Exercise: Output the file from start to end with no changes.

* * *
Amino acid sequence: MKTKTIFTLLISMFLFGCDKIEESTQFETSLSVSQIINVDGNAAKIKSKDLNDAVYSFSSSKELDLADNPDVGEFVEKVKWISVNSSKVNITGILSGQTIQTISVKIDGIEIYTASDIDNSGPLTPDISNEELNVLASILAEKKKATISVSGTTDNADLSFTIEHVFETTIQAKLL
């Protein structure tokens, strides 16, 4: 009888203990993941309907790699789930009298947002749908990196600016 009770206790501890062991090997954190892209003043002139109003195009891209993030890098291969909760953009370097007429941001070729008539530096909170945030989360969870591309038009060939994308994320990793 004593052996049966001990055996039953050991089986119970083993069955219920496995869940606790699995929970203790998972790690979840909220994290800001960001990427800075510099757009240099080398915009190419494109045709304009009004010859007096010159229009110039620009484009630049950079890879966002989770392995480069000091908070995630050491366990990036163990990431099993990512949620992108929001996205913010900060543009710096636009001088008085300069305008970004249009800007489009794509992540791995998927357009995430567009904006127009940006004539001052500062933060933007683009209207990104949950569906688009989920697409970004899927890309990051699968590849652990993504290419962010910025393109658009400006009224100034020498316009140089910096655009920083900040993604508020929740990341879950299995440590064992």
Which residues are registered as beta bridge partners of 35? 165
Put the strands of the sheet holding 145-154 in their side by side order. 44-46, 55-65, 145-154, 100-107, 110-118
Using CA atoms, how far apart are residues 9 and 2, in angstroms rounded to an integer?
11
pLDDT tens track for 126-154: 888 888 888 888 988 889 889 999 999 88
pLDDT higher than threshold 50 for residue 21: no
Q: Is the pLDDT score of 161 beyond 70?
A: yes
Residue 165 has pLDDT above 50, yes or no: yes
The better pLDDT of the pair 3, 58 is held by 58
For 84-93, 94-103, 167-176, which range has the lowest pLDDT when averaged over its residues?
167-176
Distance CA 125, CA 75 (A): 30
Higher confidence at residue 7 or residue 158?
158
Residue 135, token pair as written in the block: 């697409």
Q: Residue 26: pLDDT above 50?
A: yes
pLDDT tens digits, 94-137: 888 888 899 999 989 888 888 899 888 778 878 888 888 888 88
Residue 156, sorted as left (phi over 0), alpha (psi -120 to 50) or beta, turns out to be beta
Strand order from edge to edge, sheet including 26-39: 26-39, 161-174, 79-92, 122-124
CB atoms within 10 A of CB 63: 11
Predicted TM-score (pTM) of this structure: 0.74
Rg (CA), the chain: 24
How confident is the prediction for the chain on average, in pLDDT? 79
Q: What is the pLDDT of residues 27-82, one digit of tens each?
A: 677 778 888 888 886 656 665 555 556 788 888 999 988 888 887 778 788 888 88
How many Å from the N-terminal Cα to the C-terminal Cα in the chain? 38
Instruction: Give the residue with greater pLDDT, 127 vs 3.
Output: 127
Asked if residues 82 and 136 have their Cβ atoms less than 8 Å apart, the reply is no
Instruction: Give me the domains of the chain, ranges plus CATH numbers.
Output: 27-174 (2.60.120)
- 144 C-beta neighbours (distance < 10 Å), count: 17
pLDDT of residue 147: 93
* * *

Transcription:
Amino acid sequence: MKTKTIFTLLISMFLFGCDKIEESTQFETSLSVSQIINVDGNAAKIKSKDLNDAVYSFSSSKELDLADNPDVGEFVEKVKWISVNSSKVNITGILSGQTIQTISVKIDGIEIYTASDIDNSGPLTPDISNEELNVLASILAEKKKATISVSGTTDNADLSFTIEHVFETTIQAKLL
């Protein structure tokens, strides 16, 4: 009888203990993941309907790699789930009298947002749908990196600016 009770206790501890062991090997954190892209003043002139109003195009891209993030890098291969909760953009370097007429941001070729008539530096909170945030989360969870591309038009060939994308994320990793 004593052996049966001990055996039953050991089986119970083993069955219920496995869940606790699995929970203790998972790690979840909220994290800001960001990427800075510099757009240099080398915009190419494109045709304009009004010859007096010159229009110039620009484009630049950079890879966002989770392995480069000091908070995630050491366990990036163990990431099993990512949620992108929001996205913010900060543009710096636009001088008085300069305008970004249009800007489009794509992540791995998927357009995430567009904006127009940006004539001052500062933060933007683009209207990104949950569906688009989920697409970004899927890309990051699968590849652990993504290419962010910025393109658009400006009224100034020498316009140089910096655009920083900040993604508020929740990341879950299995440590064992």
Which residues are registered as beta bridge partners of 35? 165
Put the strands of the sheet holding 145-154 in their side by side order. 44-46, 55-65, 145-154, 100-107, 110-118
Using CA atoms, how far apart are residues 9 and 2, in angstroms rounded to an integer?
11
pLDDT tens track for 126-154: 888 888 888 888 988 889 889 999 999 88
pLDDT higher than threshold 50 for residue 21: no
Q: Is the pLDDT score of 161 beyond 70?
A: yes
Residue 165 has pLDDT above 50, yes or no: yes
The better pLDDT of the pair 3, 58 is held by 58
For 84-93, 94-103, 167-176, which range has the lowest pLDDT when averaged over its residues?
167-176
Distance CA 125, CA 75 (A): 30
Higher confidence at residue 7 or residue 158?
158
Residue 135, token pair as written in the block: 């697409």
Q: Residue 26: pLDDT above 50?
A: yes
pLDDT tens digits, 94-137: 888 888 899 999 989 888 888 899 888 778 878 888 888 888 88
Residue 156, sorted as left (phi over 0), alpha (psi -120 to 50) or beta, turns out to be beta
Strand order from edge to edge, sheet including 26-39: 26-39, 161-174, 79-92, 122-124
CB atoms within 10 A of CB 63: 11
Predicted TM-score (pTM) of this structure: 0.74
Rg (CA), the chain: 24
How confident is the prediction for the chain on average, in pLDDT? 79
Q: What is the pLDDT of residues 27-82, one digit of tens each?
A: 677 778 888 888 886 656 665 555 556 788 888 999 988 888 887 778 788 888 88
How many Å from the N-terminal Cα to the C-terminal Cα in the chain? 38
Instruction: Give the residue with greater pLDDT, 127 vs 3.
Output: 127
Asked if residues 82 and 136 have their Cβ atoms less than 8 Å apart, the reply is no
Instruction: Give me the domains of the chain, ranges plus CATH numbers.
Output: 27-174 (2.60.120)
- 144 C-beta neighbours (distance < 10 Å), count: 17
pLDDT of residue 147: 93